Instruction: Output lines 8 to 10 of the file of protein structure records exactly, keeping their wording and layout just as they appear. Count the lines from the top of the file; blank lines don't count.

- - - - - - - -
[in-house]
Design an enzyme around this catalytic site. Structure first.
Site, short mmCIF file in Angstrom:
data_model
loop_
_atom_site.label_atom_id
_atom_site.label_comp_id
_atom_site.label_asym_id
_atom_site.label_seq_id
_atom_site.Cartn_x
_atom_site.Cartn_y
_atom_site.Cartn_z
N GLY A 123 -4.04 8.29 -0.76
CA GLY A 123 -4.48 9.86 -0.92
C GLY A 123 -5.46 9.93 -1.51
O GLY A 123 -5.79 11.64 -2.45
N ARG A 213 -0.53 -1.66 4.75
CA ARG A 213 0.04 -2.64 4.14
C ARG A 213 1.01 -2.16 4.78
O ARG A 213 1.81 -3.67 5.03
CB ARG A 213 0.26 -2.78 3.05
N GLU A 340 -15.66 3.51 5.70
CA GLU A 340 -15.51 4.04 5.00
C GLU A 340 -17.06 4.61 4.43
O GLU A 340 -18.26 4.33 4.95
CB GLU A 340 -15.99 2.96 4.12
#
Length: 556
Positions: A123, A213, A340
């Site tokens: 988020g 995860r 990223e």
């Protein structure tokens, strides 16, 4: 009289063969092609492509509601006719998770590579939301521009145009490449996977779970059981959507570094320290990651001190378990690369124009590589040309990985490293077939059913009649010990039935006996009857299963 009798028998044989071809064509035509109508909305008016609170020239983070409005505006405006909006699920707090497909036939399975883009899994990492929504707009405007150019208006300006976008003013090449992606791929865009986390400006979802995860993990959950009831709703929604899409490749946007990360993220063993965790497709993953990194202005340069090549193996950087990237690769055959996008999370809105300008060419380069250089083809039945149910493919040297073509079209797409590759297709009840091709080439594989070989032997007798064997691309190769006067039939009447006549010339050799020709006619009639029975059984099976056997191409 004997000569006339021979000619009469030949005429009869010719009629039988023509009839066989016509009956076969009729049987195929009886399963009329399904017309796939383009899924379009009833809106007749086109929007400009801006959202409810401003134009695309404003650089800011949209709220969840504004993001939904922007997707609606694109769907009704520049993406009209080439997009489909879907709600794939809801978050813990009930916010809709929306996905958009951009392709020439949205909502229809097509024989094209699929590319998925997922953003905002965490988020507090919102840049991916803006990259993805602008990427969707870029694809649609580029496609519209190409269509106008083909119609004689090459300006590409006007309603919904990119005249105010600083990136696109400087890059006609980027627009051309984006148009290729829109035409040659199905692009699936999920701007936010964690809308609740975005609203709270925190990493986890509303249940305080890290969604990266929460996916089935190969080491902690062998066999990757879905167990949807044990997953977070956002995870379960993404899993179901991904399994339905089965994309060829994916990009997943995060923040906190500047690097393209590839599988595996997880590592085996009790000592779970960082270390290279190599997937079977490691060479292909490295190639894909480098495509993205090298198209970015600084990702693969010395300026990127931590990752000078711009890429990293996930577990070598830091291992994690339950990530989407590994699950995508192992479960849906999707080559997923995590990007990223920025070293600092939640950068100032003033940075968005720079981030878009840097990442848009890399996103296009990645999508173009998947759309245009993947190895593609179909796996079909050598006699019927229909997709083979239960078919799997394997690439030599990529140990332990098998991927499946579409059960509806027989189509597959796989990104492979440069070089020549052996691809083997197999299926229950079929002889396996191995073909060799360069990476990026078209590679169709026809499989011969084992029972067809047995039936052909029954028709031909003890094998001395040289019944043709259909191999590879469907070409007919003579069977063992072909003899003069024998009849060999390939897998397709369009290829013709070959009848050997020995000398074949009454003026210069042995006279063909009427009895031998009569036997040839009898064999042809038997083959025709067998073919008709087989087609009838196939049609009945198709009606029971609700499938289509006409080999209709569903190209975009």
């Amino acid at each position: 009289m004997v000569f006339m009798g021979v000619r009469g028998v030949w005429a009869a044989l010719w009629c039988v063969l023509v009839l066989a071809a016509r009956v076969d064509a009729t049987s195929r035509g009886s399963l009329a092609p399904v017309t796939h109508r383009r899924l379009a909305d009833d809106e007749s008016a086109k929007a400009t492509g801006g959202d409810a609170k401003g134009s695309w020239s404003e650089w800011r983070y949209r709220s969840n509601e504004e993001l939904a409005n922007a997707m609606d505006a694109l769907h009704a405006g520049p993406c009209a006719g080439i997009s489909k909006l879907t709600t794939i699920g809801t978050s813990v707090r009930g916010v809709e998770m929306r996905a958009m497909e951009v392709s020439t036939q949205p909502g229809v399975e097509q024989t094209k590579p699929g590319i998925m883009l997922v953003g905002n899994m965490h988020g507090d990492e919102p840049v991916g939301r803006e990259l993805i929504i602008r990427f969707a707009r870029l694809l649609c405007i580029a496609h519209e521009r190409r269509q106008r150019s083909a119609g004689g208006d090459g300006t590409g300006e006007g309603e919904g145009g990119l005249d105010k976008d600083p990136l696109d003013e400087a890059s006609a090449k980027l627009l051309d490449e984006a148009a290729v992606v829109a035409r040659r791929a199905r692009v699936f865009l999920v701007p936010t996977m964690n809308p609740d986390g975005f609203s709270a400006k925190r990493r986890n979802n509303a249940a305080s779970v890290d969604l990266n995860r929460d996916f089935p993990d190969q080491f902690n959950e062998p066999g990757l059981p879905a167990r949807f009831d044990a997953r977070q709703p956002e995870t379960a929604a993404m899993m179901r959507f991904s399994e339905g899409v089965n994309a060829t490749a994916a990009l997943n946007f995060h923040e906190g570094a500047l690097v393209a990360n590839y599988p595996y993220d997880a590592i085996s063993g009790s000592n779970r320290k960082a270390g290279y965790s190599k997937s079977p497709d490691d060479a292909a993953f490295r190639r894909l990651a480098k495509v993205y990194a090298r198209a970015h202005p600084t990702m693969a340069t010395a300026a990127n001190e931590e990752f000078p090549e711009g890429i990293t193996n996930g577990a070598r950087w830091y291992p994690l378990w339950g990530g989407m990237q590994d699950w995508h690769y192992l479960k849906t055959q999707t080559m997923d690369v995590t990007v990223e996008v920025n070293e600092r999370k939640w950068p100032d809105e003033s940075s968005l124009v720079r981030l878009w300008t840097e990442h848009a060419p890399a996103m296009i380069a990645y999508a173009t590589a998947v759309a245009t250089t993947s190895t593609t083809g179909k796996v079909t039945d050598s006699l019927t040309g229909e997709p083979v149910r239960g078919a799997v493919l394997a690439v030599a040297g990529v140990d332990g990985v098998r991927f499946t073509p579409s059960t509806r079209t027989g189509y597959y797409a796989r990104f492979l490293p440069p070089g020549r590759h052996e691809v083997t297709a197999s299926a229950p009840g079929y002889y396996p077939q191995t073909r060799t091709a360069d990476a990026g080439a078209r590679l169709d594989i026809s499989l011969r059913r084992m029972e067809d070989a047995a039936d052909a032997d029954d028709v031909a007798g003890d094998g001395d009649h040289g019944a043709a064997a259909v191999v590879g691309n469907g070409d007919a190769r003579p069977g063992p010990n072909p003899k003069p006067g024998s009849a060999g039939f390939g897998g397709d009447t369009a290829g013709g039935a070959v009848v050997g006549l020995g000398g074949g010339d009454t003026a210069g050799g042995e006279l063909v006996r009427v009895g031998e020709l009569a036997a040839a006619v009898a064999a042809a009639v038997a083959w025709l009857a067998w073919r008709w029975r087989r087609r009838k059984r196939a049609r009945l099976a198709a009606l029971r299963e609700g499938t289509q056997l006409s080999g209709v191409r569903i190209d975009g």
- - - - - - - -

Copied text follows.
_atom_site.label_asym_id
_atom_site.label_seq_id
_atom_site.Cartn_x